When in Rome


Roma– A Catholic’s Mecca, a historian’s delight, a food lover’s haven, a painter’s paradise and a traveller’s treasured dream place to go to. Let me share my experiences in the magical city of Rome and the Vatican.


When you go to Rome, it is advisable to stay close to the Vatican, since that is the centre of the city, all the tourist points are around the area, and most importantly, the hop-on hop-off busses begin their tour from the Vatican. Plus you also save on expensive taxi rides. I visited Rome with my friend Daphne and booked ourselves in a small boutique hotel which was a 5 minute walk from the Vatican.


We walked to the Vatican and signed up for a Hop-on-hop-off tour. It was priced at 14 euros per person, which was valid for 5 days. (This was in February 2013). These buses stop every half hour at each touristic hot-spot, and are the easiest way to cover the important points. Once you are in the bus, you are given a map and an audio guide which guides you as you drive through the historically rich city of Roma.

The first stop was the St.Peter’s Basilica. It’s best to go here early in the morning, when there is no queue. If not you’ll have to wait in the queue for hours together. Once we entered the Basilica, the pure splendour and magnificence of it enraptured my senses and I was speechless. I stood and breathed in the essence of the church, the high ceilings covered completely with intricate carvings and paintings, the exquisite flooring and the overwhelming beauty of the church. It was huge!  We then walked up to the top of the dome, which was around 700 steps, and once we reached on top, we could see the entire Vatican City and its gardens in all its manicured glory.

On our way out, we stopped at the famed Pieta, a masterpiece by Michelangelo, depicting Jesus on his mother’s lap, after his crucifixion. The pain on Mary’s face is so evident that it grips the viewer with a sense of sadness. This was the only signed piece of work by Michelangelo.


One of my favourite stops of the tour was the Fontana Di Trevi or the Trevi Fountain. While some say that throwing a coin into the fountain ensures your deepest desire becomes a reality, others say that it guarantees your return to Roma. Regardless of whether these legends are true, the Fontana Di Trevi is a magical place and one of the most beautiful fountains in the world, with magnificent carvings and clear blue green water. An interesting fact I heard about this fountain is that the coins thrown in amounts to 2000 to 3000 euros daily, and this money is then used to provide groceries to poor people at subsidised rates.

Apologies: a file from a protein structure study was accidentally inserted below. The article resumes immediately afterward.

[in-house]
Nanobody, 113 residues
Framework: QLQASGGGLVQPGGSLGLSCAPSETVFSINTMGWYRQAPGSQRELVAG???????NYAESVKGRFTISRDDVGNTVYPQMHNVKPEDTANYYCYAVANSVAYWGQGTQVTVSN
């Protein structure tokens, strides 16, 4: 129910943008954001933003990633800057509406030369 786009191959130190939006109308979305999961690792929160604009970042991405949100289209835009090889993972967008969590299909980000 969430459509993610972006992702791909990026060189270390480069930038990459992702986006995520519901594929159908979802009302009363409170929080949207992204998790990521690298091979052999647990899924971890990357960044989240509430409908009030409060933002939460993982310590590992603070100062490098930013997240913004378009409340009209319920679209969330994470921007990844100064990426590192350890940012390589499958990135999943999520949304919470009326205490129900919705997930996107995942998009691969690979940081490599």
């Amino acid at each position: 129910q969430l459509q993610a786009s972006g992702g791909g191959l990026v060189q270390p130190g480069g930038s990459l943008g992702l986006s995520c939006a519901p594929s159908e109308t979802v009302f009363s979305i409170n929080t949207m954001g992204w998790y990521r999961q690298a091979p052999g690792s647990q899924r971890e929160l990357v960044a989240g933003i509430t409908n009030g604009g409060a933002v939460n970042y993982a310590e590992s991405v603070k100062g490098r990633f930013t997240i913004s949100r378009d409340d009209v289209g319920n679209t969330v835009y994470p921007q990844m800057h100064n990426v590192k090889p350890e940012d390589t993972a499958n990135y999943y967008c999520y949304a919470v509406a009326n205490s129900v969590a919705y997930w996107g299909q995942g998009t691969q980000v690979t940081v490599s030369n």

Another must-see is of course the colosseum. One of the greatest examples of Roman architecture, it happens to be the largest amphitheatre of the Roman Empire, It was initially used for gladiator fights.

Spend at least a couple of hours inside the Sistine Chapel. Dripping with history and the most admired paintings, it’s truly a painter’s paradise. The ceiling of the Sistine Chapel was painted by Michelangelo over a period of 4 years and it is covered with one masterpiece after another. It is indeed unfortunate that you are not allowed to take any pictures inside the Sistine Chapel. Nevertheless, we sat and absorbed the beauty of the chapel enough to last us a lifetime!


There are so many wonderful souvenirs you can get home from Rome. Don’t miss out on a photo opportunity with the Gladiators. Although they charge a bomb of 5 euros per person/picture, it is indeed a memorable memento to treasure. You can also buy beautiful paintings of the most famous sights in Roma. A printed copy of the paintings cost around 3 euros while an original painting would cost you 125 euros. I also bought a bottle of olive oil- how could I come home to a mother who loves cooking with olive oil, without a sample from Italy! Italian leather ballerinas were a great buy too. They’re supremely comfortable and long lasting. Other lovely mementos I picked up was a beautiful rosary from the Vatican museum. It is the very essence of Rome and the Vatican city.


The cappuccino in Rome is to die for- creamy and delicious, but beware of a strange Italian norm. If you stand in the café and drink the cappuccino it costs you 1 to1.50 euros, but if you sit down at a table and have the same cappuccino, you’ll end up paying 5 to 6 euros.


You are in Italy, an you can’t come away without trying their pizzas and pastas, can you? You can step into any café on the street and be sure they’ll serve you tasty pizzas. Enjoy it with a glass of wine, or beer, or your choice of drink! It’s the perfect way to relax after all the walking and the shopping.

No matter what your interests are, Rome is one place you won’t come away disappointed. It has something for everyone!